In their aroused state, inflamed by the hysterical press coverage, people have ignored, forgotten or chosen not to mind that Hamas is a hard-line Islamist group. Israeli PM Netanyahu compares it to ISIS and the other groups that are causing mayhem wherever they can.  People still behave as if Hamas is rational, even as they see them behaving like lunatics.

Stephen Games writes in Haaretz about an edition of Feedback, where Roger Bolton talks to World editor of BBC News, Andrew Roy.
What did emerge from the interview is the unintended damage caused by the BBC’s ostensible policy of even-handedness. Because it cannot be seen as editorialising, the BBC bends over backwards to maintain a policy of “show-don’t-tell”. Thus, the only truths about Gaza that BBC reporters can convey are those that a camera can point at. Never has a BBC reporter broken a story from Gaza, interviewed a Hamas commander about splits in the ranks, examined the Palestinian justice and detention system, exposed the climate of fear that Gazans are subject to, shown missile stockpiling or residential defensive positions, or challenged the brainwashing of children in schools.
Hamas glorifies martyrdom, and has persuaded civilians to sacrifice themselves for Allah. 
Too many innocent lives are indeed being lost for the sake that deception. Far too many children and their parents obviously don’t know that they’re being used as sacrificial lambs for the likes of Khaled Mashaal and Ismail Haniya who are fattening themselves up far away from the battlefield.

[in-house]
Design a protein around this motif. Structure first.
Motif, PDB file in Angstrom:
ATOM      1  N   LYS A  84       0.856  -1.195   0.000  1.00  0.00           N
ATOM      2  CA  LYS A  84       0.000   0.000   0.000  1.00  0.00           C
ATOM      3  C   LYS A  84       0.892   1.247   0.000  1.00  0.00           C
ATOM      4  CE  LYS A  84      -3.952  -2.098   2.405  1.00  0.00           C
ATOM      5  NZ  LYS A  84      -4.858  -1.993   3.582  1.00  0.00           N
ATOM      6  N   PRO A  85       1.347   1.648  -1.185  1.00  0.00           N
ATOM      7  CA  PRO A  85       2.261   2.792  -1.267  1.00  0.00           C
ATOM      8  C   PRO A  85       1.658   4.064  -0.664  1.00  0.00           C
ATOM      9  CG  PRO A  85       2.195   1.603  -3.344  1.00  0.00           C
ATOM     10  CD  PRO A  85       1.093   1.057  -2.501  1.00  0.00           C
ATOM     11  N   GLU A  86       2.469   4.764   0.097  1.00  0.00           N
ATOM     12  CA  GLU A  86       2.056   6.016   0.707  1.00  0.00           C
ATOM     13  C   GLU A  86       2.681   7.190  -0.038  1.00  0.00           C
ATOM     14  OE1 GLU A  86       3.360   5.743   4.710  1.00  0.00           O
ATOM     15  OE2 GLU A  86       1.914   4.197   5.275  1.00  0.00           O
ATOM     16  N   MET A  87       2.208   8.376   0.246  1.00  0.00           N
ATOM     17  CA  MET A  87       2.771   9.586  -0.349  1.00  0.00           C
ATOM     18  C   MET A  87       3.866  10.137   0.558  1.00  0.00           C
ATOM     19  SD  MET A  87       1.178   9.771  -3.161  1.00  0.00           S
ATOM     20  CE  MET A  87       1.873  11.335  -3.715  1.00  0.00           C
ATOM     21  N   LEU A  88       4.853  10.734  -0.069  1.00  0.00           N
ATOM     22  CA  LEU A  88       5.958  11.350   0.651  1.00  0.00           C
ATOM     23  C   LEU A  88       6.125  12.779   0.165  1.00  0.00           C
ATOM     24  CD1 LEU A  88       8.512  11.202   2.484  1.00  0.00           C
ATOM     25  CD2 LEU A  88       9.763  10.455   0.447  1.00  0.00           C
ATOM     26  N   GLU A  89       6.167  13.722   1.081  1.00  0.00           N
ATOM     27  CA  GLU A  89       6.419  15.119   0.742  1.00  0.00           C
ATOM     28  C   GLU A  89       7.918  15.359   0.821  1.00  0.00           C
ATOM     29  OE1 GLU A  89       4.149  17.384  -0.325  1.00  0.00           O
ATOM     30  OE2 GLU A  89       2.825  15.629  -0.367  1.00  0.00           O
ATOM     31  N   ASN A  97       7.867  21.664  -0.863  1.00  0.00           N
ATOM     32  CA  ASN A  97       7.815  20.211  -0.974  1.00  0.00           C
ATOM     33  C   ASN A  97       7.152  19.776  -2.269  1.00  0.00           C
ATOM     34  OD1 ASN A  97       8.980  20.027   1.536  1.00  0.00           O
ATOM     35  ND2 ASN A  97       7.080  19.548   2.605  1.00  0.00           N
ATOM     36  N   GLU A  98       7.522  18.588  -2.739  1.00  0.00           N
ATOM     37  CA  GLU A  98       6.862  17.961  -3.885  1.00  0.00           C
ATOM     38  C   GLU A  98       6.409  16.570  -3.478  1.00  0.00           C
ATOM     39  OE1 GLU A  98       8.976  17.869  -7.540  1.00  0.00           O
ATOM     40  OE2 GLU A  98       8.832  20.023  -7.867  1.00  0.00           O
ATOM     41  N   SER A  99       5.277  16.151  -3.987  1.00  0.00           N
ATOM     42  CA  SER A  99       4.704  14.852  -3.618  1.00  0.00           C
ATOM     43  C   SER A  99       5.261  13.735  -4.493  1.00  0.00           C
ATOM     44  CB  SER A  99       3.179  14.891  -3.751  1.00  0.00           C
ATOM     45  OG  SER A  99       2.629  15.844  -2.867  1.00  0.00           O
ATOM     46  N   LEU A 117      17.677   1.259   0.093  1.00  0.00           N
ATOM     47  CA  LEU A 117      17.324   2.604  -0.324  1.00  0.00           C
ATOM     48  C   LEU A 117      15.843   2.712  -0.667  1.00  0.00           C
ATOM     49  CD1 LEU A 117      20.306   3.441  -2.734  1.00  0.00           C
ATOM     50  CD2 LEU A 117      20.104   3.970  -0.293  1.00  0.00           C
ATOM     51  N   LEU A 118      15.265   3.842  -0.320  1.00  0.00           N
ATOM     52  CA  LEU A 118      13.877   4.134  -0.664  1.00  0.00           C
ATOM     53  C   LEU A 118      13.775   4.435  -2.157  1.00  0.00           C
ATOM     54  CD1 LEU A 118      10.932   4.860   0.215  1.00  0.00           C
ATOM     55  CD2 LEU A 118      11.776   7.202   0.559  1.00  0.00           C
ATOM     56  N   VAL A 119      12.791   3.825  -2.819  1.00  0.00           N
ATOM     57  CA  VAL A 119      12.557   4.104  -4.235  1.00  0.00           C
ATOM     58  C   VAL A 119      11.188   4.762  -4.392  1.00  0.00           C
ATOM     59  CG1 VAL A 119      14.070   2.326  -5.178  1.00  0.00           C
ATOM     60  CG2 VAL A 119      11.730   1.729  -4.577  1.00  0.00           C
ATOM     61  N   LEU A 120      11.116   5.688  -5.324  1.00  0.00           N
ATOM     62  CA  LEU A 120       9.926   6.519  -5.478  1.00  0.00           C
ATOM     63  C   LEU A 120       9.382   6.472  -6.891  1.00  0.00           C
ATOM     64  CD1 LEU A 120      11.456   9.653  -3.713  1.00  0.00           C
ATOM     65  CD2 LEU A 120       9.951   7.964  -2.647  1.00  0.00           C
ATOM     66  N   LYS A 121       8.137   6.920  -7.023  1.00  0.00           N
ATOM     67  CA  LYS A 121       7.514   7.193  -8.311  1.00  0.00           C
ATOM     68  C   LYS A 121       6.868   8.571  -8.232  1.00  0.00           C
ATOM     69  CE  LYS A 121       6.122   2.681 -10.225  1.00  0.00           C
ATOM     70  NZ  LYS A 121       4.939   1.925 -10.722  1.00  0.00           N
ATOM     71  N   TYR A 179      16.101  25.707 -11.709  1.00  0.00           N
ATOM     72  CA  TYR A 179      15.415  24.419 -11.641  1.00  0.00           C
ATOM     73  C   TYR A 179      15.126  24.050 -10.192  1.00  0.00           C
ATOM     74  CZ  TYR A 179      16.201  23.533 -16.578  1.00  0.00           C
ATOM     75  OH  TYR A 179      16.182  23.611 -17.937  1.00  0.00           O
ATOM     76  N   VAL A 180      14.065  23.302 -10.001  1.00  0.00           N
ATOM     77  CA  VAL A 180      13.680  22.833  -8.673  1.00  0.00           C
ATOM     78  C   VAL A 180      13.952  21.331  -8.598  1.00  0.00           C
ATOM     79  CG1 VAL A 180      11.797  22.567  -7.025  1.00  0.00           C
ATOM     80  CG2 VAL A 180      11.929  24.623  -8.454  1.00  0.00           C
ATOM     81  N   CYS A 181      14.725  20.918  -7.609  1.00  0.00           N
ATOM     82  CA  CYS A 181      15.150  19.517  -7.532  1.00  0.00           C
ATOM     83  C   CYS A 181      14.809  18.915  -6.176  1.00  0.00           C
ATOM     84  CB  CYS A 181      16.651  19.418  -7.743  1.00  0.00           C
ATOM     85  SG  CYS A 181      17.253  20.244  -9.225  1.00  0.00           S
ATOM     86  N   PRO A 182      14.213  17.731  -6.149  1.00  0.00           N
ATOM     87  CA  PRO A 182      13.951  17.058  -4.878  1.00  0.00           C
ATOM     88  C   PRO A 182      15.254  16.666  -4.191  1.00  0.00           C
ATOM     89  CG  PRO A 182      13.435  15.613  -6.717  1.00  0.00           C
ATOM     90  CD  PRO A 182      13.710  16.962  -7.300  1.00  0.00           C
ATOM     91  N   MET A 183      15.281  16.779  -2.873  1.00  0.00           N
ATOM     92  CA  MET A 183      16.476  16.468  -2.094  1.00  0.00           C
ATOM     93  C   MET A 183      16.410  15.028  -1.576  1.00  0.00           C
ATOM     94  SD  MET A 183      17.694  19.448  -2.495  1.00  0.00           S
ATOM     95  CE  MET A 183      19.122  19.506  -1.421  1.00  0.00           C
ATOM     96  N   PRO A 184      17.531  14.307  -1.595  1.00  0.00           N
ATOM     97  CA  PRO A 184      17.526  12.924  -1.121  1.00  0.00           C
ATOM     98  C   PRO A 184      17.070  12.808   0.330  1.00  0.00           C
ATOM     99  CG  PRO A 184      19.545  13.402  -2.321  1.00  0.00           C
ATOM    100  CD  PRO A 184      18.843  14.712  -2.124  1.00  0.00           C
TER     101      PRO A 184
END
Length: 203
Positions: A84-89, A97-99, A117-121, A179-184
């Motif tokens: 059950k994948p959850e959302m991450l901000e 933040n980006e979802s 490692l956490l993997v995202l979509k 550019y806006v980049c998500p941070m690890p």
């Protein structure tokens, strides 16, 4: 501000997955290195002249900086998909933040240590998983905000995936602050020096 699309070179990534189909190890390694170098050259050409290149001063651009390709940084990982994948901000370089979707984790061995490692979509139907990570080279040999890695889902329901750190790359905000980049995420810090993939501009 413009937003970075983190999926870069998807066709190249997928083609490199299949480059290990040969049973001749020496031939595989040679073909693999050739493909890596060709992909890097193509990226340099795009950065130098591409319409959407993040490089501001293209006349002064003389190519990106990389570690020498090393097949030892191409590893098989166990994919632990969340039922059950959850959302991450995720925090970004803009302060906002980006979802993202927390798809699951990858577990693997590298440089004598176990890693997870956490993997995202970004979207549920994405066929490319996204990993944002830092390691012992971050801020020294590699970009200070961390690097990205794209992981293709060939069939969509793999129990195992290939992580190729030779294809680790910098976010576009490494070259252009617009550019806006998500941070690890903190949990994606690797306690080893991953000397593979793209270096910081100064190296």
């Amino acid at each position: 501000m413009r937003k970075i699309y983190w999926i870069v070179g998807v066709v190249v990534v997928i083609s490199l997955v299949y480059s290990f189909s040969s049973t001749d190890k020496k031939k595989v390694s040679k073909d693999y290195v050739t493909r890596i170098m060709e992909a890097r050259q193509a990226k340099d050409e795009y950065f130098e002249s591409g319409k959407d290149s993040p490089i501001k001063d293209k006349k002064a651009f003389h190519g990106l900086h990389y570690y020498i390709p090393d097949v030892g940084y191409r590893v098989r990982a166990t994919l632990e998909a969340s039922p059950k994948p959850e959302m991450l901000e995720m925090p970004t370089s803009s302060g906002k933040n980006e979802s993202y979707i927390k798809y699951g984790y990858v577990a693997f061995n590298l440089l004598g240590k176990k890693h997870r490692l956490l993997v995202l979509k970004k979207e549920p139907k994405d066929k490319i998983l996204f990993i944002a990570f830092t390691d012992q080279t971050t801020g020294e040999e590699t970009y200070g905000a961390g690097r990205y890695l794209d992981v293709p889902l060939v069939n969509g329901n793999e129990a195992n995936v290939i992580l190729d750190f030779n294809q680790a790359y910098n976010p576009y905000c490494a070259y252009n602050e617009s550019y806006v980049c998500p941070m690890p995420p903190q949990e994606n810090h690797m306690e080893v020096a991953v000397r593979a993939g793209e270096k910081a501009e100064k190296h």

Whose fault is this? We’re told it’s Israel’s fault.


Hamas has announced their conditions for ceasefire. We know that part of the tunnel system is designed especially for Hamas killers to infiltrate into Israel proper for the express purpose of killing civilians, yet we calmly consider Hamas’s demand that Israel opens the borders with Gaza so that Gazans can come and go as they please. He expects Israel to make it easier for them to kill civilians above ground without the bother of those high maintenance tunnels. 
Hamas had apparently been preparing a murderous assault on Israeli civilian targets for the coming Jewish New Year Holiday, Rosh Hashanah, which begins on September 24, according anonymous sources in the Israeli security services, as reported today by the Israeli daily Maariv.
The Hamas plan consisted of what was to be a surprise attack in which 200 fighters would be dispatched through each of dozens of tunnels dug by Hamas under the border from Gaza to Israel, and seize kibbutzim and other communities while killing and kidnapping Israeli civilians.

Hamas, now partners with Abbas of the Palestinian Authority, openly calls for the elimination of Israel, yet as soon as Hamas’s human shield strategy achieves the intended effect, and the world obediently condemns Israel on the grounds that the number of Palestinian deaths is ‘disproportionate’, everyone clamours for Israel to obediently lay down its arms.
All Hamas, or any other aggrieved movement, needs to do, is simply place children between them and their foe, and hey presto; they’ve won

A new decree is announced by Isis. All girls and women of child-bearing age are to be subjected to Female Genital Mutilation. The world is horrified. The BBC is outraged. 

Why do we believe Islamist Hamas and  disbelieve Israelis?  Why?
"One child has been killed every hour" the media announces helpfully. In the same way they sometimes like to measure things in terms of football pitches to help people visualise the scale of something, that announcement is designed to help people imagine how many children will be killed in the hours to come, just so we understand how disproportionate things are and can assess the magnitude of the war crime Israel has already committed and will commit in the hours and days to come.